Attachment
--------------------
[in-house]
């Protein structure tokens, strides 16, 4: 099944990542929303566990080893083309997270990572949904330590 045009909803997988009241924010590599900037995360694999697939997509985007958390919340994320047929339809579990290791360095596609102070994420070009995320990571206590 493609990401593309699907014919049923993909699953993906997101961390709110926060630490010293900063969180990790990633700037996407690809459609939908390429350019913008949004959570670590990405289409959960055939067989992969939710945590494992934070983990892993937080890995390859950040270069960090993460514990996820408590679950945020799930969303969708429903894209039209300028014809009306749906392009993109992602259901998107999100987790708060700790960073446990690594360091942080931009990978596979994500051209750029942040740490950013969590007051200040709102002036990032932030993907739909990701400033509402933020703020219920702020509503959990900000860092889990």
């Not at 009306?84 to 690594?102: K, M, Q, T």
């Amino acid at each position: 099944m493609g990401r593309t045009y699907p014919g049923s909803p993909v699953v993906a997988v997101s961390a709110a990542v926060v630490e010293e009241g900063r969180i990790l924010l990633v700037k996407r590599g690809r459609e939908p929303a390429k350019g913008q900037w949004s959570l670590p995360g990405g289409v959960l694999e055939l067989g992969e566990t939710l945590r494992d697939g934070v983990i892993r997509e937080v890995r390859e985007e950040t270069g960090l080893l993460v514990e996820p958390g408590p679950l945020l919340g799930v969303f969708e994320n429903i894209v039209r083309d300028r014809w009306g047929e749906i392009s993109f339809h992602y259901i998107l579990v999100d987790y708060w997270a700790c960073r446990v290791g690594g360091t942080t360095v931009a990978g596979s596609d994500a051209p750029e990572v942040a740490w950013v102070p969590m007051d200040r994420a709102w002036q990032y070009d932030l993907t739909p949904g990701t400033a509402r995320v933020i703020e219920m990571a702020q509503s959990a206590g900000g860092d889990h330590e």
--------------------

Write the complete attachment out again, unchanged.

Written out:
[in-house]
């Protein structure tokens, strides 16, 4: 099944990542929303566990080893083309997270990572949904330590 045009909803997988009241924010590599900037995360694999697939997509985007958390919340994320047929339809579990290791360095596609102070994420070009995320990571206590 493609990401593309699907014919049923993909699953993906997101961390709110926060630490010293900063969180990790990633700037996407690809459609939908390429350019913008949004959570670590990405289409959960055939067989992969939710945590494992934070983990892993937080890995390859950040270069960090993460514990996820408590679950945020799930969303969708429903894209039209300028014809009306749906392009993109992602259901998107999100987790708060700790960073446990690594360091942080931009990978596979994500051209750029942040740490950013969590007051200040709102002036990032932030993907739909990701400033509402933020703020219920702020509503959990900000860092889990």
């Not at 009306?84 to 690594?102: K, M, Q, T």
């Amino acid at each position: 099944m493609g990401r593309t045009y699907p014919g049923s909803p993909v699953v993906a997988v997101s961390a709110a990542v926060v630490e010293e009241g900063r969180i990790l924010l990633v700037k996407r590599g690809r459609e939908p929303a390429k350019g913008q900037w949004s959570l670590p995360g990405g289409v959960l694999e055939l067989g992969e566990t939710l945590r494992d697939g934070v983990i892993r997509e937080v890995r390859e985007e950040t270069g960090l080893l993460v514990e996820p958390g408590p679950l945020l919340g799930v969303f969708e994320n429903i894209v039209r083309d300028r014809w009306g047929e749906i392009s993109f339809h992602y259901i998107l579990v999100d987790y708060w997270a700790c960073r446990v290791g690594g360091t942080t360095v931009a990978g596979s596609d994500a051209p750029e990572v942040a740490w950013v102070p969590m007051d200040r994420a709102w002036q990032y070009d932030l993907t739909p949904g990701t400033a509402r995320v933020i703020e219920m990571a702020q509503s959990a206590g900000g860092d889990h330590e």